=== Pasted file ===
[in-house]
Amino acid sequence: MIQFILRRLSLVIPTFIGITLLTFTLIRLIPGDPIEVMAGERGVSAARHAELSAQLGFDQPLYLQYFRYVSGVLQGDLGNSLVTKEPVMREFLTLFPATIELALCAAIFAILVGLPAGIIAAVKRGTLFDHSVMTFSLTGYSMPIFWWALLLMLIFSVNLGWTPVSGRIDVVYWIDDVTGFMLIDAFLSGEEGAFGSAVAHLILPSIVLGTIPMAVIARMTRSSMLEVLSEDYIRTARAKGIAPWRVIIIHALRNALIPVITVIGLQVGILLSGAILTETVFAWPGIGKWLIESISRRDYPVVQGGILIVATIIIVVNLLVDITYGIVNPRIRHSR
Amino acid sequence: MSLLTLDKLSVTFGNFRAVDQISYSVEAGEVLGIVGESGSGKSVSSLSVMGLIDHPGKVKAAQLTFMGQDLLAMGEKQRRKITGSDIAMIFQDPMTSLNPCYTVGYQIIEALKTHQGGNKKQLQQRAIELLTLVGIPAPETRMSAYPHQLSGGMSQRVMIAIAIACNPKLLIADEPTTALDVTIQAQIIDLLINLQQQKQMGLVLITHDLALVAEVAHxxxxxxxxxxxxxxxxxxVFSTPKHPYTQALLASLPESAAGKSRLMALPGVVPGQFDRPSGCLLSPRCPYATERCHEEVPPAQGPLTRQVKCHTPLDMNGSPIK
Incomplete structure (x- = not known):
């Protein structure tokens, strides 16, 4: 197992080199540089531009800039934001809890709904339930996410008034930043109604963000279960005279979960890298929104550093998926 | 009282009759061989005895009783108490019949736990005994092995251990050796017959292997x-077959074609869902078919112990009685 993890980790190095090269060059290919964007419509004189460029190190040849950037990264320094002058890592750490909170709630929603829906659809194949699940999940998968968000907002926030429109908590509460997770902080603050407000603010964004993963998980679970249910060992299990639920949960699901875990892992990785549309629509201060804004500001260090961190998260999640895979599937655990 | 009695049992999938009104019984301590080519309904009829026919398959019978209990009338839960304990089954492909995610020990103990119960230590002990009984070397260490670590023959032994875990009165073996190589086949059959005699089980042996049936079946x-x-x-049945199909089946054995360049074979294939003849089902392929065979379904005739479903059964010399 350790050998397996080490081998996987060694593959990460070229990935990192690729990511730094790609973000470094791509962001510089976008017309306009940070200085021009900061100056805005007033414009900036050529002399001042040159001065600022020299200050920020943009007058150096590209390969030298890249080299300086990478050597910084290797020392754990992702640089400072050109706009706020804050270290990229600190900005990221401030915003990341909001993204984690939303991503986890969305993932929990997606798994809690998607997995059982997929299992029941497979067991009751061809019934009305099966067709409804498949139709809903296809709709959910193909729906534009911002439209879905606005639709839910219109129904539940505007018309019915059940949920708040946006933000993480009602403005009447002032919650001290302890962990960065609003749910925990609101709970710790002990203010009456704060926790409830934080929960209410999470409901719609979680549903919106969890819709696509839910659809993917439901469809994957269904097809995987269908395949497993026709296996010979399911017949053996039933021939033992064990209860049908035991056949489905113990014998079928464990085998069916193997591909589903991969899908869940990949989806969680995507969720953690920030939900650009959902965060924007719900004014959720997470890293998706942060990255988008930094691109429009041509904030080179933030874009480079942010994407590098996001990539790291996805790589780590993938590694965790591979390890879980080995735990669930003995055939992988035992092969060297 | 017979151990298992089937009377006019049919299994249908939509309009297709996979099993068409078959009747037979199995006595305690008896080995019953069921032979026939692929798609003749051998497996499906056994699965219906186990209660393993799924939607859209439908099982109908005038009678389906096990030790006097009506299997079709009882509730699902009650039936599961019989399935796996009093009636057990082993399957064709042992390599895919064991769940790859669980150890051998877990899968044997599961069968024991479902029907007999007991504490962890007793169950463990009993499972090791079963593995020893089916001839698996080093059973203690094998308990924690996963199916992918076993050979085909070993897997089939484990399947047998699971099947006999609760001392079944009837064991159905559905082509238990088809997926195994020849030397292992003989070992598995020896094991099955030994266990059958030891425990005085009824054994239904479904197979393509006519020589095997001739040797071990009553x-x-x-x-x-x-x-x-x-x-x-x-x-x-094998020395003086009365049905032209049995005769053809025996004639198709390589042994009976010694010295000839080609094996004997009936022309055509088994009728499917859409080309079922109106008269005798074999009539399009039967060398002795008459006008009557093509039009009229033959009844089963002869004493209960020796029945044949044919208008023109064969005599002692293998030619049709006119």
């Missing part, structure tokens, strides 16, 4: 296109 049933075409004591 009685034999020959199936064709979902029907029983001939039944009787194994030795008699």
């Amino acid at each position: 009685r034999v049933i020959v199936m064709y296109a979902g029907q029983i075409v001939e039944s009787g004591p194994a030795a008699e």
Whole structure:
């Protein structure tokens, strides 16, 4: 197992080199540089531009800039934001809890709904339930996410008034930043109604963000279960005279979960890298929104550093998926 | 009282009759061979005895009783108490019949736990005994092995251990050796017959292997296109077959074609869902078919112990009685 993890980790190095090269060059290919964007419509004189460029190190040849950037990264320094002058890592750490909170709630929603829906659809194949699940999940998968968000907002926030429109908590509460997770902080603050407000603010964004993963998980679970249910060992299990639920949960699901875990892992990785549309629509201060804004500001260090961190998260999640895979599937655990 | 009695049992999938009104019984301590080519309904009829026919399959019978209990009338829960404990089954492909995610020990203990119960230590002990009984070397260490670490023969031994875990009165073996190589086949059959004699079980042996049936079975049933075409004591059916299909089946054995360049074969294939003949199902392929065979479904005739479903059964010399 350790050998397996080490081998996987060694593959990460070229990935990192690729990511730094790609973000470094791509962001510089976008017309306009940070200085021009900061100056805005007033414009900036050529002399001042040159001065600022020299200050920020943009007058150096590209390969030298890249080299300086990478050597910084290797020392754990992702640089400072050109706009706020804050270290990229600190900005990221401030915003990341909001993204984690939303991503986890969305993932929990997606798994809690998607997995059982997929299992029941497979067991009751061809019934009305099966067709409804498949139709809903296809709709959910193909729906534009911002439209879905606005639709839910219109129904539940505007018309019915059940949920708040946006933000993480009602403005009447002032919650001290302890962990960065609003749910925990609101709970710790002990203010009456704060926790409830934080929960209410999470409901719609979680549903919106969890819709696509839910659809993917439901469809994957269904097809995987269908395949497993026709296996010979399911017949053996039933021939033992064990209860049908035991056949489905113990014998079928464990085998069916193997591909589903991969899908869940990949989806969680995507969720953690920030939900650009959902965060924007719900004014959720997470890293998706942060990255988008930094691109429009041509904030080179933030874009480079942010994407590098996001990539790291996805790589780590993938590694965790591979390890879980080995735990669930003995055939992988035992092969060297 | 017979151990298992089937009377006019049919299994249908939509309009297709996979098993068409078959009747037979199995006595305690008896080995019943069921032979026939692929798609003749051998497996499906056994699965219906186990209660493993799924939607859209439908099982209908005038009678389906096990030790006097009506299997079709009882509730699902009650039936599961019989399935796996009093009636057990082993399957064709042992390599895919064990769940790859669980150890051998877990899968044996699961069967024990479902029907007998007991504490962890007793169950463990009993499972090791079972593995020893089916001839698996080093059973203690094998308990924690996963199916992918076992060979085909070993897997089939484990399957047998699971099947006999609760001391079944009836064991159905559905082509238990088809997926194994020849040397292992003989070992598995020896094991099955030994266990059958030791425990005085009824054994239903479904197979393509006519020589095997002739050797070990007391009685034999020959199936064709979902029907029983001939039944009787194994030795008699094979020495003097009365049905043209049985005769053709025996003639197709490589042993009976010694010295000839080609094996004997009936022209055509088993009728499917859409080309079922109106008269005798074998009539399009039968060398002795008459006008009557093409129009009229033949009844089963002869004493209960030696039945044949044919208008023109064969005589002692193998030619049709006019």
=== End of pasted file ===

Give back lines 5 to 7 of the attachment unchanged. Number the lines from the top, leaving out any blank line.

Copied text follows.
């Protein structure tokens, strides 16, 4: 197992080199540089531009800039934001809890709904339930996410008034930043109604963000279960005279979960890298929104550093998926 | 009282009759061989005895009783108490019949736990005994092995251990050796017959292997x-077959074609869902078919112990009685 993890980790190095090269060059290919964007419509004189460029190190040849950037990264320094002058890592750490909170709630929603829906659809194949699940999940998968968000907002926030429109908590509460997770902080603050407000603010964004993963998980679970249910060992299990639920949960699901875990892992990785549309629509201060804004500001260090961190998260999640895979599937655990 | 009695049992999938009104019984301590080519309904009829026919398959019978209990009338839960304990089954492909995610020990103990119960230590002990009984070397260490670590023959032994875990009165073996190589086949059959005699089980042996049936079946x-x-x-049945199909089946054995360049074979294939003849089902392929065979379904005739479903059964010399 350790050998397996080490081998996987060694593959990460070229990935990192690729990511730094790609973000470094791509962001510089976008017309306009940070200085021009900061100056805005007033414009900036050529002399001042040159001065600022020299200050920020943009007058150096590209390969030298890249080299300086990478050597910084290797020392754990992702640089400072050109706009706020804050270290990229600190900005990221401030915003990341909001993204984690939303991503986890969305993932929990997606798994809690998607997995059982997929299992029941497979067991009751061809019934009305099966067709409804498949139709809903296809709709959910193909729906534009911002439209879905606005639709839910219109129904539940505007018309019915059940949920708040946006933000993480009602403005009447002032919650001290302890962990960065609003749910925990609101709970710790002990203010009456704060926790409830934080929960209410999470409901719609979680549903919106969890819709696509839910659809993917439901469809994957269904097809995987269908395949497993026709296996010979399911017949053996039933021939033992064990209860049908035991056949489905113990014998079928464990085998069916193997591909589903991969899908869940990949989806969680995507969720953690920030939900650009959902965060924007719900004014959720997470890293998706942060990255988008930094691109429009041509904030080179933030874009480079942010994407590098996001990539790291996805790589780590993938590694965790591979390890879980080995735990669930003995055939992988035992092969060297 | 017979151990298992089937009377006019049919299994249908939509309009297709996979099993068409078959009747037979199995006595305690008896080995019953069921032979026939692929798609003749051998497996499906056994699965219906186990209660393993799924939607859209439908099982109908005038009678389906096990030790006097009506299997079709009882509730699902009650039936599961019989399935796996009093009636057990082993399957064709042992390599895919064991769940790859669980150890051998877990899968044997599961069968024991479902029907007999007991504490962890007793169950463990009993499972090791079963593995020893089916001839698996080093059973203690094998308990924690996963199916992918076993050979085909070993897997089939484990399947047998699971099947006999609760001392079944009837064991159905559905082509238990088809997926195994020849030397292992003989070992598995020896094991099955030994266990059958030891425990005085009824054994239904479904197979393509006519020589095997001739040797071990009553x-x-x-x-x-x-x-x-x-x-x-x-x-x-094998020395003086009365049905032209049995005769053809025996004639198709390589042994009976010694010295000839080609094996004997009936022309055509088994009728499917859409080309079922109106008269005798074999009539399009039967060398002795008459006008009557093509039009009229033959009844089963002869004493209960020796029945044949044919208008023109064969005599002692293998030619049709006119």
């Missing part, structure tokens, strides 16, 4: 296109 049933075409004591 009685034999020959199936064709979902029907029983001939039944009787194994030795008699």
């Amino acid at each position: 009685r034999v049933i020959v199936m064709y296109a979902g029907q029983i075409v001939e039944s009787g004591p194994a030795a008699e």